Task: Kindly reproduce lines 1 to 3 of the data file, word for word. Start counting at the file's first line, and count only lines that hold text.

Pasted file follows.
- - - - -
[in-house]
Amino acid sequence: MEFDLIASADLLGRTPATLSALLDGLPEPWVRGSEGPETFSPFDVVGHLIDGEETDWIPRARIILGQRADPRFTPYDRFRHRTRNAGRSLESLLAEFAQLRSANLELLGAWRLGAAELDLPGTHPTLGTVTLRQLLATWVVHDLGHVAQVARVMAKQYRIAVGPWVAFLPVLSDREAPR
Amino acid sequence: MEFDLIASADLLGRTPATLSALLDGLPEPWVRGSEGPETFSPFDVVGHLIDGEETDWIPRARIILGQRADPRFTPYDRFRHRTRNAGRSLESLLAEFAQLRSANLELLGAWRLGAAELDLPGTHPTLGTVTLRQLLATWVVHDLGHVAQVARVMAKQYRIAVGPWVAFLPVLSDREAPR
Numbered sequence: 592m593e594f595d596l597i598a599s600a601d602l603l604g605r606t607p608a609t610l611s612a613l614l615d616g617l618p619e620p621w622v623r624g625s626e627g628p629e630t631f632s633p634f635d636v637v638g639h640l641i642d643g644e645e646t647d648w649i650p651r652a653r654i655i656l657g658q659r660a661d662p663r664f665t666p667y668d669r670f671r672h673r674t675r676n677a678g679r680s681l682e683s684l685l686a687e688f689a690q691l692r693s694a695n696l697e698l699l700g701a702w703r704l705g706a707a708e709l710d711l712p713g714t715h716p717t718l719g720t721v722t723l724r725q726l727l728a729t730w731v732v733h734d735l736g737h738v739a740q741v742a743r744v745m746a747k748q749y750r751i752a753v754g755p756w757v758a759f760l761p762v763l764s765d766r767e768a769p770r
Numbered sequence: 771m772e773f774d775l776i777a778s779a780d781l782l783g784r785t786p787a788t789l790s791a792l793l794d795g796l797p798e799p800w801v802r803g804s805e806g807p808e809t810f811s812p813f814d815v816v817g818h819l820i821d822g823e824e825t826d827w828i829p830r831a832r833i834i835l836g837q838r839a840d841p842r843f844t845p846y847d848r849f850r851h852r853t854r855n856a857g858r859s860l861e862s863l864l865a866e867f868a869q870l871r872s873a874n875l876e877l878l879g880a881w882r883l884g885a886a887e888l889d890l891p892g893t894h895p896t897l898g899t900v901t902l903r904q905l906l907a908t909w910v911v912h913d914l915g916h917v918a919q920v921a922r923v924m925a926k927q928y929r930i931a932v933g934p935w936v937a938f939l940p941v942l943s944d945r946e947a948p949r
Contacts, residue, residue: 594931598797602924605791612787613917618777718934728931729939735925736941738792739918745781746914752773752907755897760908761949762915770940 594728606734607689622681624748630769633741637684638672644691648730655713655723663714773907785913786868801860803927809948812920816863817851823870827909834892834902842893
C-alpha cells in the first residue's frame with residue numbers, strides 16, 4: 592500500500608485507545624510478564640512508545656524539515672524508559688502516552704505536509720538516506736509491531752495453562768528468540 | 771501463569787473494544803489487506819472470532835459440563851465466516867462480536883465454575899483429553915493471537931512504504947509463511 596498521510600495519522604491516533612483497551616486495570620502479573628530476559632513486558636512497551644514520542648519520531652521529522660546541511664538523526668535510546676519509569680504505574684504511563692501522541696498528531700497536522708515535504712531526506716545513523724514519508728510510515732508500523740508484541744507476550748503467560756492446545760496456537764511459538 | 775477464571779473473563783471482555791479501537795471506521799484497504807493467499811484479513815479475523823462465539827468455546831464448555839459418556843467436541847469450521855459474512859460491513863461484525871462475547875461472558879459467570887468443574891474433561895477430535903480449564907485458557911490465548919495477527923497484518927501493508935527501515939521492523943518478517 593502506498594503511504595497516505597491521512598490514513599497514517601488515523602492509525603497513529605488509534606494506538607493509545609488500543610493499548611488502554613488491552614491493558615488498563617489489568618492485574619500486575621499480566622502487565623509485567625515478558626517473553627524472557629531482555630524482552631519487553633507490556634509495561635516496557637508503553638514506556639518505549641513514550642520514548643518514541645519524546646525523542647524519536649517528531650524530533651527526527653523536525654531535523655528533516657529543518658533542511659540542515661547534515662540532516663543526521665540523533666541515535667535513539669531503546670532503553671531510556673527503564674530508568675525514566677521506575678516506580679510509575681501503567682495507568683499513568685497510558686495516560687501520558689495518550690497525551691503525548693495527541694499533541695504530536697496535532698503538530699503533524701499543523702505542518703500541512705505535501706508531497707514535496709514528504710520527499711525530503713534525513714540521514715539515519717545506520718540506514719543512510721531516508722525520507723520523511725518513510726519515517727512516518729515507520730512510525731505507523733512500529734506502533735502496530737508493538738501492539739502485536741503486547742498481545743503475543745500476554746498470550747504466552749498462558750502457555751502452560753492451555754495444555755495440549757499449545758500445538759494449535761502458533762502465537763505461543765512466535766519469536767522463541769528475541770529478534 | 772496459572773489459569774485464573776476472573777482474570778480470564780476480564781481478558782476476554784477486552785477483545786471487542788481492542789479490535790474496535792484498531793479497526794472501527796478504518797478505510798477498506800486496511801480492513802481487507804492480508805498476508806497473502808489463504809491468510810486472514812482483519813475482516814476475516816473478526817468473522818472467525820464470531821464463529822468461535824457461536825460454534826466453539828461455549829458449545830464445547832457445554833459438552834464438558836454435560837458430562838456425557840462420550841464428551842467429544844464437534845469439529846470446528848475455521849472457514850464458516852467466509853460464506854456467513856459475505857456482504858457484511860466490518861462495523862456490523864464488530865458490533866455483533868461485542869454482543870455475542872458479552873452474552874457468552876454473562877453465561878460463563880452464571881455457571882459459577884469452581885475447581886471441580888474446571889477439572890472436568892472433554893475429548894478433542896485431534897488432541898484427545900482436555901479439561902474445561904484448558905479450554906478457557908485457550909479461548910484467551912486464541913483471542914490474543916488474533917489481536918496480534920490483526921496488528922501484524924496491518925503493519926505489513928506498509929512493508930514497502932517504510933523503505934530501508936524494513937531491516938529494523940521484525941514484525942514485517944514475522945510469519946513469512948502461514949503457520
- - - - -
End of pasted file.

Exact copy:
[in-house]
Amino acid sequence: MEFDLIASADLLGRTPATLSALLDGLPEPWVRGSEGPETFSPFDVVGHLIDGEETDWIPRARIILGQRADPRFTPYDRFRHRTRNAGRSLESLLAEFAQLRSANLELLGAWRLGAAELDLPGTHPTLGTVTLRQLLATWVVHDLGHVAQVARVMAKQYRIAVGPWVAFLPVLSDREAPR
Amino acid sequence: MEFDLIASADLLGRTPATLSALLDGLPEPWVRGSEGPETFSPFDVVGHLIDGEETDWIPRARIILGQRADPRFTPYDRFRHRTRNAGRSLESLLAEFAQLRSANLELLGAWRLGAAELDLPGTHPTLGTVTLRQLLATWVVHDLGHVAQVARVMAKQYRIAVGPWVAFLPVLSDREAPR